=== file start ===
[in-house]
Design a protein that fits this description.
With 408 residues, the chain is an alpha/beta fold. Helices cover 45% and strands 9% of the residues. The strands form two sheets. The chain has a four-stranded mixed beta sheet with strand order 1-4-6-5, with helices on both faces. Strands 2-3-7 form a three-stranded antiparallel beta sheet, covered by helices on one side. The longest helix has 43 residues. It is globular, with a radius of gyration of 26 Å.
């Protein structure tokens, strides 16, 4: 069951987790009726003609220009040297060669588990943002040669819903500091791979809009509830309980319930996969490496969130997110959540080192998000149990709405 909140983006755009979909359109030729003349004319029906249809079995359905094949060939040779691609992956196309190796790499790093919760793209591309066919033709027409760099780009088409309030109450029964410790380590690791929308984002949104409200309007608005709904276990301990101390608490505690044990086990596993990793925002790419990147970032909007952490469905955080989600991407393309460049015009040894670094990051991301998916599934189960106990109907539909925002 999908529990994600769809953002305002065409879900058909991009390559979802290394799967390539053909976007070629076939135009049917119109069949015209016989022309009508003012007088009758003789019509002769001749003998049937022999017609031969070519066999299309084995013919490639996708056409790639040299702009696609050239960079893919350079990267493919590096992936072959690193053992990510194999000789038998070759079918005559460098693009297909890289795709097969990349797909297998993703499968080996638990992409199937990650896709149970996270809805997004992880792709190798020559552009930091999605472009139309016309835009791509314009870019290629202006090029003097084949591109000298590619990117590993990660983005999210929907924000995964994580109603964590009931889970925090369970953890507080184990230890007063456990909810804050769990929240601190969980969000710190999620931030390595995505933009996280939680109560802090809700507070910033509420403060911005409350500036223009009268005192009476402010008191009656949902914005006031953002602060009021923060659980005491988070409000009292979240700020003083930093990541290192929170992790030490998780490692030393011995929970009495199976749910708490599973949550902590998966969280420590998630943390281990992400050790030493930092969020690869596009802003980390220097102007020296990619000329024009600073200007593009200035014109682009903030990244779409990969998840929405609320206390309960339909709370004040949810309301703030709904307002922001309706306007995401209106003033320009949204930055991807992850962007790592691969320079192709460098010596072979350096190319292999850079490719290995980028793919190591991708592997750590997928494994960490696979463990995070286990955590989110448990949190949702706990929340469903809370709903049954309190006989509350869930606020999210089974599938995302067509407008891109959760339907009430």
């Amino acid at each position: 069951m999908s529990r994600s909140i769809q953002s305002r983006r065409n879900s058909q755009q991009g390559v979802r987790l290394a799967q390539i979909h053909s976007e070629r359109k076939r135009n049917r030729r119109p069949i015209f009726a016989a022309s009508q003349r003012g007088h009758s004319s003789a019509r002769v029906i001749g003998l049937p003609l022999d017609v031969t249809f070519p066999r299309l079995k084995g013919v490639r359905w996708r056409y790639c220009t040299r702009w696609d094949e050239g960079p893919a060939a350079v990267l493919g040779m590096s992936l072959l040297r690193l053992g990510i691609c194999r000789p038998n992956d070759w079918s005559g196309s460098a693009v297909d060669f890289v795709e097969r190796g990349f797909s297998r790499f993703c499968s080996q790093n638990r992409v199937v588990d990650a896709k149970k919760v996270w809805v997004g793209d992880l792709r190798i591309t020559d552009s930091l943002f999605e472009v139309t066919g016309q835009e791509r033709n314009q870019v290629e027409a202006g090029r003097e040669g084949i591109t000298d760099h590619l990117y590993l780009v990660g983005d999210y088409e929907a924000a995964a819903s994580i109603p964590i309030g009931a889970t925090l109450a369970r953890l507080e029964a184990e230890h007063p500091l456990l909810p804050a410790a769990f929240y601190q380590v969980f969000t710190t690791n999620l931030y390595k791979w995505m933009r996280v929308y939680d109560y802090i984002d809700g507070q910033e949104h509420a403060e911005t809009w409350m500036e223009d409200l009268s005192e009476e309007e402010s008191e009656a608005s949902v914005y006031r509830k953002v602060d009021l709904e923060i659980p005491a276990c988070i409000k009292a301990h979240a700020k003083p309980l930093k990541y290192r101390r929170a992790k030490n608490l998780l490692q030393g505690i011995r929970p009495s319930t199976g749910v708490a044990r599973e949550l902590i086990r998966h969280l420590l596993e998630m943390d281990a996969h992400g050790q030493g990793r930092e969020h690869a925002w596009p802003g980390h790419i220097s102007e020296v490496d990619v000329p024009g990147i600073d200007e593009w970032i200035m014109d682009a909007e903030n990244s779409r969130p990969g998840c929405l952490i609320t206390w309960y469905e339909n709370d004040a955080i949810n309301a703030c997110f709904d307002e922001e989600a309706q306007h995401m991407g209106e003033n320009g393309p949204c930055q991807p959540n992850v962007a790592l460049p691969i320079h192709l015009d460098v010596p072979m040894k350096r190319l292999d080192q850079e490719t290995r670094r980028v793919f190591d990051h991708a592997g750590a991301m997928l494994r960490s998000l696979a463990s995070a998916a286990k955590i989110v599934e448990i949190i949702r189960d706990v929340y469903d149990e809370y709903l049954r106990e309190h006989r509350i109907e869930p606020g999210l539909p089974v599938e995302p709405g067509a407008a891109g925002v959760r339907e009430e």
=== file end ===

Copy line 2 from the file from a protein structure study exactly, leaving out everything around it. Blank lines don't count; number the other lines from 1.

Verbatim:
Design a protein that fits this description.